Wait a minute!
Image credit: Barbara David

Just in case you didn’t notice.

The U.S. State Department is embracing the concept of an “International Lunar Year” – coordinating programs around a one-to-two-year celebration of the study and exploration of the Moon later in the decade.

“As multiple nations and commercial entities plan a near-term return to the Moon on an unprecedented scale, now is the right time to consider planning an International Lunar Year,” a State Department website adds.

Earth’s Moon is a destination point for renewed human exploration.  Image credit: NASA

“A sustained program might combine elements of public outreach and scientific collaboration to fashion a vibrant interdisciplinary and multilateral effort, demonstrating how lunar exploration can be responsible, peaceful, and sustainable, as we begin to establish an enduring presence at the Moon.”

Indeed, such a celebration was put forth in a White House Office of Science and Technology Policy (OSTP) Cislunar Science & Technology Strategy Cislunar Science & Technology Strategy released in 2022.

Photo taking during Chang’e-5 surface sampling.
Credit: CCTV/Inside Outer Space screengrab

Sample swaps

One avenue to explore is activating Moon sample swaps.

For instance, China has now opened access to the Chang’e-5 returned lunar samples to the international scientific community.  That “get up and go” set of samples was rocketed to Earth back in mid-December 2020.

The haul from the Moon added up to roughly 61 ounces of lunar collectibles, including a core sample.

Chinese President Xi Jinping inspects Chang’e-5 lunar sample return capsule.
Credit: CCTV/Inside Outer Space screengrab

Chang’e-5 was the first lunar sample-return mission since the Soviet Union’s Luna 24 in 1976, making China the third country to return lunar samples after the United States and the former Soviet Union.

The Moon looms large in China’s space exploration plans over the next several years, and shooting to our home planet additional lunar samples is on their agenda.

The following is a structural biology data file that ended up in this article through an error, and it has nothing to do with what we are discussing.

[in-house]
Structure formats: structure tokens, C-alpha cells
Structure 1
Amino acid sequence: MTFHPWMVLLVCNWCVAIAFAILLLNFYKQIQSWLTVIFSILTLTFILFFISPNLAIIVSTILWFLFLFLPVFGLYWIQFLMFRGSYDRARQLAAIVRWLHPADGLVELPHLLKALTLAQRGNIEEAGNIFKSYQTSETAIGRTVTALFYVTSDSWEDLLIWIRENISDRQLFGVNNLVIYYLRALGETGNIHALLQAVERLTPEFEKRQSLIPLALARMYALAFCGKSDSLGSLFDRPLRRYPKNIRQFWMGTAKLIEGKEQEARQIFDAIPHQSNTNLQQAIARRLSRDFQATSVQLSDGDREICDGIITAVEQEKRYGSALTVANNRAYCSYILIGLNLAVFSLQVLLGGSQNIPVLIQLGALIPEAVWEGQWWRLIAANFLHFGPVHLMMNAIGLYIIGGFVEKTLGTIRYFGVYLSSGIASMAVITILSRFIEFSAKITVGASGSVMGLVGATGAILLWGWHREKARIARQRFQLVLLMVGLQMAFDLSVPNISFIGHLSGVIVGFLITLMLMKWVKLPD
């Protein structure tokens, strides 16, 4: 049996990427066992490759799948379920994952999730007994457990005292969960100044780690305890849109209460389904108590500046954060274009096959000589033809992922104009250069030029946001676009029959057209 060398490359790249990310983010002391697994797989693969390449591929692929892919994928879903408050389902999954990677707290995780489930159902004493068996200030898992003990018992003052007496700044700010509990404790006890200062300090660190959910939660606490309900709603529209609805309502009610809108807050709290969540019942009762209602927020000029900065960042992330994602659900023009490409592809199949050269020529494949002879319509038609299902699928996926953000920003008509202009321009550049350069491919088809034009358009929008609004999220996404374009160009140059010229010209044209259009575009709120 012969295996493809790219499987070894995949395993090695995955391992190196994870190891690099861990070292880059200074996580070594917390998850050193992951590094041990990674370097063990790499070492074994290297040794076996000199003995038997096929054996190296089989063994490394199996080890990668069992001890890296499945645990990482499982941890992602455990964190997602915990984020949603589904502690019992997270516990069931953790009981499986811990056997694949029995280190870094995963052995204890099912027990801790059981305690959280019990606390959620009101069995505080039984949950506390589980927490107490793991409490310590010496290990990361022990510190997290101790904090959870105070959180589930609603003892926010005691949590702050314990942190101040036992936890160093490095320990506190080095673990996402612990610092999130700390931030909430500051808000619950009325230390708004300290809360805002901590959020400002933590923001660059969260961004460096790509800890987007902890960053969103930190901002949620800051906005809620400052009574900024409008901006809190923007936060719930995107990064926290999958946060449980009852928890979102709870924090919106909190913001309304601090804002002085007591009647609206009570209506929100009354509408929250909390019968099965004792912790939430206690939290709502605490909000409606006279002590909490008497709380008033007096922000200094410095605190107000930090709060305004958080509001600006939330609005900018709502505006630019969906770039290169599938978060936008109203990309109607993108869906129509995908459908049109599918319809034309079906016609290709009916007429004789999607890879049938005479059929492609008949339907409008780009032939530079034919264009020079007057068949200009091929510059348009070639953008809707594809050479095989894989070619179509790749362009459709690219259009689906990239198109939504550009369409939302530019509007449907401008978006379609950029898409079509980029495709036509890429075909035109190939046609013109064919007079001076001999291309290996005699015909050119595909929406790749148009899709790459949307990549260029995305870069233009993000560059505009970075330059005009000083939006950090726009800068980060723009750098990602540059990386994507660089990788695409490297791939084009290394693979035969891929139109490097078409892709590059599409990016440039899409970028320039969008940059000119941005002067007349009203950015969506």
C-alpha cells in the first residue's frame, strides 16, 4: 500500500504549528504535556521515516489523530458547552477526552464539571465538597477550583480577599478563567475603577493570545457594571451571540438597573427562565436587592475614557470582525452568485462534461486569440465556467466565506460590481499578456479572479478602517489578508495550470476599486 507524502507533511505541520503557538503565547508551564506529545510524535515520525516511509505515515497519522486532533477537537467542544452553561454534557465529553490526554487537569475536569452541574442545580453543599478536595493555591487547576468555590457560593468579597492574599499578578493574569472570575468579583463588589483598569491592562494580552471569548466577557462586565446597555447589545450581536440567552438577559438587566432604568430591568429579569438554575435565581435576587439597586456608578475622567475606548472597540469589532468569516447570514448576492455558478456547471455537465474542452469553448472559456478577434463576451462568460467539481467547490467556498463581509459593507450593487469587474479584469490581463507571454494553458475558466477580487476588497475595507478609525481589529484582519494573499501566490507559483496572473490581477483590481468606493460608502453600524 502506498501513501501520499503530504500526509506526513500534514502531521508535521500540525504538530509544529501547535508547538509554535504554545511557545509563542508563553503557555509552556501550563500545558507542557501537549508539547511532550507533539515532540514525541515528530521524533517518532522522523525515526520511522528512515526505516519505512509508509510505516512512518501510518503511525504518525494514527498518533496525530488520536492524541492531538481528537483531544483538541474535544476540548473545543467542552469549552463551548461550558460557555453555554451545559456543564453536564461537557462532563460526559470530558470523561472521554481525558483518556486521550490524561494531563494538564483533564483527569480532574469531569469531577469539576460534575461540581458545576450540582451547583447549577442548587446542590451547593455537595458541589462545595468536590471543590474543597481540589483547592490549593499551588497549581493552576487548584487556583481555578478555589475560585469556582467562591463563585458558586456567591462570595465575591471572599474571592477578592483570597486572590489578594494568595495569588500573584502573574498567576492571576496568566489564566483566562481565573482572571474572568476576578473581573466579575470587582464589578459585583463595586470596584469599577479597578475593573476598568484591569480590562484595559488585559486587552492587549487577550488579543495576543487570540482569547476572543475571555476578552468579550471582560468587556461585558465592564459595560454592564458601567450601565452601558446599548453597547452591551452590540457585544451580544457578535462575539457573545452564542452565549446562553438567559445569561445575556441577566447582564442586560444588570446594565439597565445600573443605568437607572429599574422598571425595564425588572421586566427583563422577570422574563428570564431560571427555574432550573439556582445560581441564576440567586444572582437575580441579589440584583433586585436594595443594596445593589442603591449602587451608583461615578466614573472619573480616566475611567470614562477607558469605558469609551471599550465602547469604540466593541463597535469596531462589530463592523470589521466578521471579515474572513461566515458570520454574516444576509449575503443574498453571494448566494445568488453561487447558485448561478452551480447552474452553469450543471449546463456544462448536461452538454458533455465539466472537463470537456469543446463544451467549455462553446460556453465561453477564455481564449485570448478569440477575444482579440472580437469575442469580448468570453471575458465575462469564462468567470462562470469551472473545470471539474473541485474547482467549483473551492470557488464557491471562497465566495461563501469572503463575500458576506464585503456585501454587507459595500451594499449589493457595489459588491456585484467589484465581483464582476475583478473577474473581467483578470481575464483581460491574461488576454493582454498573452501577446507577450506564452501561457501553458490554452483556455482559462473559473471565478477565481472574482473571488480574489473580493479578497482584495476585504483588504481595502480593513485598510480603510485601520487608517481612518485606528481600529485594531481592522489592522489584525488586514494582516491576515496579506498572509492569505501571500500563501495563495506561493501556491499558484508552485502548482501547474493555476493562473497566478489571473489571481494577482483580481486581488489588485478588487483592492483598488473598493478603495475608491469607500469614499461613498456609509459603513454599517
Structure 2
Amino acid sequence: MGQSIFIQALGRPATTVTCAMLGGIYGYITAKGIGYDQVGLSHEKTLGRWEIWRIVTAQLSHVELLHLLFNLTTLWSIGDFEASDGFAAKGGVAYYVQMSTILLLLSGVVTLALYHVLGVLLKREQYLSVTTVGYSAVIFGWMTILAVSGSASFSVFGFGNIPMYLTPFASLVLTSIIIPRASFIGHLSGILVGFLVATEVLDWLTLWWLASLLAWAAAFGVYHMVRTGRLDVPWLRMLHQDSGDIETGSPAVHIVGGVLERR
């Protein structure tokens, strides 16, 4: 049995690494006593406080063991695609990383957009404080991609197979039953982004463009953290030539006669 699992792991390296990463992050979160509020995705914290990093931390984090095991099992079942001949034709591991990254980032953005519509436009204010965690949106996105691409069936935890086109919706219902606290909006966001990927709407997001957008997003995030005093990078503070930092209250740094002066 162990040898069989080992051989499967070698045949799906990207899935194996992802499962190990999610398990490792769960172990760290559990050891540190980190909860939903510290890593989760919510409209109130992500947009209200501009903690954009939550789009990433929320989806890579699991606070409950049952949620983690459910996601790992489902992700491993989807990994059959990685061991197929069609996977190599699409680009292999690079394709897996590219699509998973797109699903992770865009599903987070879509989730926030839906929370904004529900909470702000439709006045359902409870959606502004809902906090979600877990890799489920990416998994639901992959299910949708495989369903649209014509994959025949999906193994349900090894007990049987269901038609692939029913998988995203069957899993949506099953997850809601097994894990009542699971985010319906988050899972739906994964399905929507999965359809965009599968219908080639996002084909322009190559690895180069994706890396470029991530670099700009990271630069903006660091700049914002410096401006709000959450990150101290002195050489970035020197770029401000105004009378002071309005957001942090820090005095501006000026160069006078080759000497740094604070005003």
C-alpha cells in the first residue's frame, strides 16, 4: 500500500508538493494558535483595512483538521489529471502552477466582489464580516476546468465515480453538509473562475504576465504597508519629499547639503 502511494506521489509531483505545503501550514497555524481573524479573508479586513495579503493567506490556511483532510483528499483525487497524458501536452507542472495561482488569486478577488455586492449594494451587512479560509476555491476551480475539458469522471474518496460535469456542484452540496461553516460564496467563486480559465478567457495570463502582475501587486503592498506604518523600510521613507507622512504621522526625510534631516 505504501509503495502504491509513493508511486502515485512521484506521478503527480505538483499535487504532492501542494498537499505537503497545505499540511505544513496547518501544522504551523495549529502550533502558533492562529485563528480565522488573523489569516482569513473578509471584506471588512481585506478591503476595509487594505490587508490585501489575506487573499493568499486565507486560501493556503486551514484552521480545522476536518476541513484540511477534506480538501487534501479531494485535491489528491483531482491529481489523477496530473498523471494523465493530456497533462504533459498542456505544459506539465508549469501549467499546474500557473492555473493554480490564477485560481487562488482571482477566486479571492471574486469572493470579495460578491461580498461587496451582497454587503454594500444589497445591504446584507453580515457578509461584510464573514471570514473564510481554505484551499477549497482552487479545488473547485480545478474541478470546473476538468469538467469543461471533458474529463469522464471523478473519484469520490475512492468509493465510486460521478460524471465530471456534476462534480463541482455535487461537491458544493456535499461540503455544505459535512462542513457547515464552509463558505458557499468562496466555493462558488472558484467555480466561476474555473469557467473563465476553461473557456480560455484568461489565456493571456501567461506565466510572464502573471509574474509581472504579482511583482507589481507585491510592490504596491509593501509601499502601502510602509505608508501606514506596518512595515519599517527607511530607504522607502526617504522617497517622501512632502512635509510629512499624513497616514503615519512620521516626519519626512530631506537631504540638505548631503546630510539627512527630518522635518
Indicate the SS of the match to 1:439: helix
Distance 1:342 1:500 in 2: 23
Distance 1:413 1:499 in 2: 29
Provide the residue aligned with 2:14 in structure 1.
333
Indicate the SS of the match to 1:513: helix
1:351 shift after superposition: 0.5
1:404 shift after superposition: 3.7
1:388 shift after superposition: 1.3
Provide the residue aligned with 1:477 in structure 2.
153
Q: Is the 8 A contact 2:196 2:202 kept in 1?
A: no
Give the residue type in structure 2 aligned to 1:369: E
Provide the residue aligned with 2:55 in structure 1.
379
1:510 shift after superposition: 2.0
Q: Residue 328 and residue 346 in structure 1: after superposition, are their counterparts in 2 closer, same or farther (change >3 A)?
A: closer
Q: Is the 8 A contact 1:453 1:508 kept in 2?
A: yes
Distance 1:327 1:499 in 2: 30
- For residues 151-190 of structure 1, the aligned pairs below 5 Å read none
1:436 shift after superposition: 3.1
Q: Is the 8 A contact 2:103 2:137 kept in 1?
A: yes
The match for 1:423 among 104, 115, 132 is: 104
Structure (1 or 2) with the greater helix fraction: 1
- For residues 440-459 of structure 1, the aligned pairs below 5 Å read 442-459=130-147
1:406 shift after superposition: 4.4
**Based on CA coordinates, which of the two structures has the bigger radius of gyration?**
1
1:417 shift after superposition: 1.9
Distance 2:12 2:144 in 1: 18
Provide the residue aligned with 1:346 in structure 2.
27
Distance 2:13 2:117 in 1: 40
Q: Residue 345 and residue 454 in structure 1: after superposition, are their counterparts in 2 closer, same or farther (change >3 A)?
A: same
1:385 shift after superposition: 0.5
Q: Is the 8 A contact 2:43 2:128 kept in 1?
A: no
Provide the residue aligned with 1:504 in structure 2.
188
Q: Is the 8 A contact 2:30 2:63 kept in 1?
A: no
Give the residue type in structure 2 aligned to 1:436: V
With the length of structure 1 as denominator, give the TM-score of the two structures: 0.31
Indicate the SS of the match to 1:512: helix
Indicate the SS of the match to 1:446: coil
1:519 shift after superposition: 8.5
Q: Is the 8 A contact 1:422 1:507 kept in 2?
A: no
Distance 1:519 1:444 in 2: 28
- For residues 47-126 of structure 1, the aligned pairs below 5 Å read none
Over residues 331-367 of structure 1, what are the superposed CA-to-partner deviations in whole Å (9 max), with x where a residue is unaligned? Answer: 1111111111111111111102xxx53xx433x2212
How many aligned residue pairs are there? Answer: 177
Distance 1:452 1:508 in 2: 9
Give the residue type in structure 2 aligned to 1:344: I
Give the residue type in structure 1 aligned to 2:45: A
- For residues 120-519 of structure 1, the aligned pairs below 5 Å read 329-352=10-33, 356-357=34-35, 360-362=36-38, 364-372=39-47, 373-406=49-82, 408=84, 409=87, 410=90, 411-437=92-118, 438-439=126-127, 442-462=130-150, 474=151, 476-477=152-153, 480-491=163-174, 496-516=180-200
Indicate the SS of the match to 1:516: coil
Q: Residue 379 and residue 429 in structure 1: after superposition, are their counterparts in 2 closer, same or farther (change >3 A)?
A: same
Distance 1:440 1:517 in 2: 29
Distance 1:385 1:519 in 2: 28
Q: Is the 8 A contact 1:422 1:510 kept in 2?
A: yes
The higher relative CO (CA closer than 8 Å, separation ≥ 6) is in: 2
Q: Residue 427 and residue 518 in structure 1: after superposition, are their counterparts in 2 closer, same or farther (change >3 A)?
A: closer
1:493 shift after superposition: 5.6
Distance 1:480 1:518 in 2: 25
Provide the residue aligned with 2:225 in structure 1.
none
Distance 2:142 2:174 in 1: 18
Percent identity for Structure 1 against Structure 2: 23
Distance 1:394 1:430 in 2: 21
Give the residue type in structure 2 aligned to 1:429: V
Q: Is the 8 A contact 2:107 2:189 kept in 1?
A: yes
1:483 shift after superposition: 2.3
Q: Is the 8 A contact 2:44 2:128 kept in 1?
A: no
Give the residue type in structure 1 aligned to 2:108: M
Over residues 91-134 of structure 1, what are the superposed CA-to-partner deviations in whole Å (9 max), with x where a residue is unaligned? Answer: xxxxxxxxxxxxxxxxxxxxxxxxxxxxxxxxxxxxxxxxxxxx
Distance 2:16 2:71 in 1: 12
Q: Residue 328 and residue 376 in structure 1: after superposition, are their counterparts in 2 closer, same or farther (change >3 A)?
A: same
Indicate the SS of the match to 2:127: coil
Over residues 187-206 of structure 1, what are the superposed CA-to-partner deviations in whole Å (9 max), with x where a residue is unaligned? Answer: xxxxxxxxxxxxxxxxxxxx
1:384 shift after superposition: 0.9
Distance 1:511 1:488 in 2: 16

Meanwhile, the Chinese National Space Administration (CNSA) has outlined opportunities and set the rules for future management of international cooperation in lunar samples and scientific data. Proposals will be reviewed every six months.

For full details, go to the CNSA website at:


Moonwalking geologist, Apollo 17’s Jack Schmitt.
Credit: NASA

Diplomatic gestures

In retro-reflective mode, understanding the Moon has been revolutionized through the study of samples collected between 1969 and 1976 by the six Apollo human landing missions, along with three Luna missions carried out by the former Soviet Union.

“The legacy of the bilateral exchange of lunar samples as diplomatic gestures of goodwill transcends generations of lunar scientists,” explains a paper presented at a Lunar Exploration Analysis Group gathering back in 2021.

“As we enter this new golden era of lunar exploration, the U.S. and other nations must recognize the lasting legacy and benefit of the Apollo-Luna sample exchange program of the 1970s and explore new opportunities to share returned samples in the future,” the paper explains, led by planetary scientist, Jessica Barnes at the University of Arizona.

Image credit: NASA

Current restrictions

So what next?

A recent gathering of the Extraterrestrial Materials Analysis Group (ExMAG) made note of access to China’s Chang’e lunar samples.

ExMAG is a community-based, interdisciplinary group that offers a forum for discussion and analysis of matters concerning the collection, curation, and analysis of extraterrestrial samples, including planning future sample return missions

A member gathering of ExMAG earlier this month noted that China has now opened access to the Chang’e-5 returned lunar samples to the international scientific community.

“ExMAG appreciates NASA’s efforts to pursue avenues of sample sharing with China and their Chang’E samples, though we recognize this is not possible under current restrictions,” an ExMAG finding explains.

Image credit: NASA

Bilateral exchange

“ExMAG understands that sample loans made via this mechanism are considered bilateral agreements, which are prohibited for U.S. Government-funded researchers,” with the group recommending that U.S. Government-funded researchers who are interested in working on Chang’e-5 sample “form or join research teams with researchers in other nations who can request the samples for joint work.”

Credit: White House

Bottom line: Given the White House/U.S. State Department moves on an International Lunar Year perhaps there’s a window opening to find avenues for U.S.-China Moon sample cooperation?

Perhaps it’s time to provide some new Moonwalking legs to build upon the legacy of bilateral exchange?

Your views are welcomed!

For more information on this topic, go to these resources:

U.S. State Department Plans “International Lunar Year”


White House Report: Cislunar Strategy


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